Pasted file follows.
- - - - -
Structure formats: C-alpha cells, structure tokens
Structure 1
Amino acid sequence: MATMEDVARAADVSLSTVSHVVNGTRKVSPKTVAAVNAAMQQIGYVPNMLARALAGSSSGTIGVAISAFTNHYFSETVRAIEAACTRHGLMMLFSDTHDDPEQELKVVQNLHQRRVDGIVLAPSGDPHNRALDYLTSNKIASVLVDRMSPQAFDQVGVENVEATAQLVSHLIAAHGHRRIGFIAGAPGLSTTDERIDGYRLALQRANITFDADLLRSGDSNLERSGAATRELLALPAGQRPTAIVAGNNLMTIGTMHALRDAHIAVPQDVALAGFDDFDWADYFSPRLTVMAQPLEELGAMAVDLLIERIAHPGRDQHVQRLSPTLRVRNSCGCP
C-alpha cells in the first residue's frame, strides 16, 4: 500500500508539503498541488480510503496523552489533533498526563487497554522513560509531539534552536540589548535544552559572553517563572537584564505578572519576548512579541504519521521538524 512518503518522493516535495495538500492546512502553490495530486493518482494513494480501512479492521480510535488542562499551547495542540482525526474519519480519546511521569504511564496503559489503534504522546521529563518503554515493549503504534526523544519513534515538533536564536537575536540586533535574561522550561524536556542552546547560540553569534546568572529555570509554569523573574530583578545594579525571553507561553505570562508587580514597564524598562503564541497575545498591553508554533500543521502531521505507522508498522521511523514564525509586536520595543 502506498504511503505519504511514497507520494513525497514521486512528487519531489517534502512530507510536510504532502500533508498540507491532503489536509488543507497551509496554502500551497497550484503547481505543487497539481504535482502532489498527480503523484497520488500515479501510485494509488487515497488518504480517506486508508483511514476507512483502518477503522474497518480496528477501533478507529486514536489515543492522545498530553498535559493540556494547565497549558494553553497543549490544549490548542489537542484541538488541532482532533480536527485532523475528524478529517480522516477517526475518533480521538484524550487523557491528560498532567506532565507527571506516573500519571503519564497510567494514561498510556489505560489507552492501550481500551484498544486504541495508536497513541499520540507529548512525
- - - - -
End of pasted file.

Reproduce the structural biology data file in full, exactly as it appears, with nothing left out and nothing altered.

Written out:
Structure formats: C-alpha cells, structure tokens
Structure 1
Amino acid sequence: MATMEDVARAADVSLSTVSHVVNGTRKVSPKTVAAVNAAMQQIGYVPNMLARALAGSSSGTIGVAISAFTNHYFSETVRAIEAACTRHGLMMLFSDTHDDPEQELKVVQNLHQRRVDGIVLAPSGDPHNRALDYLTSNKIASVLVDRMSPQAFDQVGVENVEATAQLVSHLIAAHGHRRIGFIAGAPGLSTTDERIDGYRLALQRANITFDADLLRSGDSNLERSGAATRELLALPAGQRPTAIVAGNNLMTIGTMHALRDAHIAVPQDVALAGFDDFDWADYFSPRLTVMAQPLEELGAMAVDLLIERIAHPGRDQHVQRLSPTLRVRNSCGCP
C-alpha cells in the first residue's frame, strides 16, 4: 500500500508539503498541488480510503496523552489533533498526563487497554522513560509531539534552536540589548535544552559572553517563572537584564505578572519576548512579541504519521521538524 512518503518522493516535495495538500492546512502553490495530486493518482494513494480501512479492521480510535488542562499551547495542540482525526474519519480519546511521569504511564496503559489503534504522546521529563518503554515493549503504534526523544519513534515538533536564536537575536540586533535574561522550561524536556542552546547560540553569534546568572529555570509554569523573574530583578545594579525571553507561553505570562508587580514597564524598562503564541497575545498591553508554533500543521502531521505507522508498522521511523514564525509586536520595543 502506498504511503505519504511514497507520494513525497514521486512528487519531489517534502512530507510536510504532502500533508498540507491532503489536509488543507497551509496554502500551497497550484503547481505543487497539481504535482502532489498527480503523484497520488500515479501510485494509488487515497488518504480517506486508508483511514476507512483502518477503522474497518480496528477501533478507529486514536489515543492522545498530553498535559493540556494547565497549558494553553497543549490544549490548542489537542484541538488541532482532533480536527485532523475528524478529517480522516477517526475518533480521538484524550487523557491528560498532567506532565507527571506516573500519571503519564497510567494514561498510556489505560489507552492501550481500551484498544486504541495508536497513541499520540507529548512525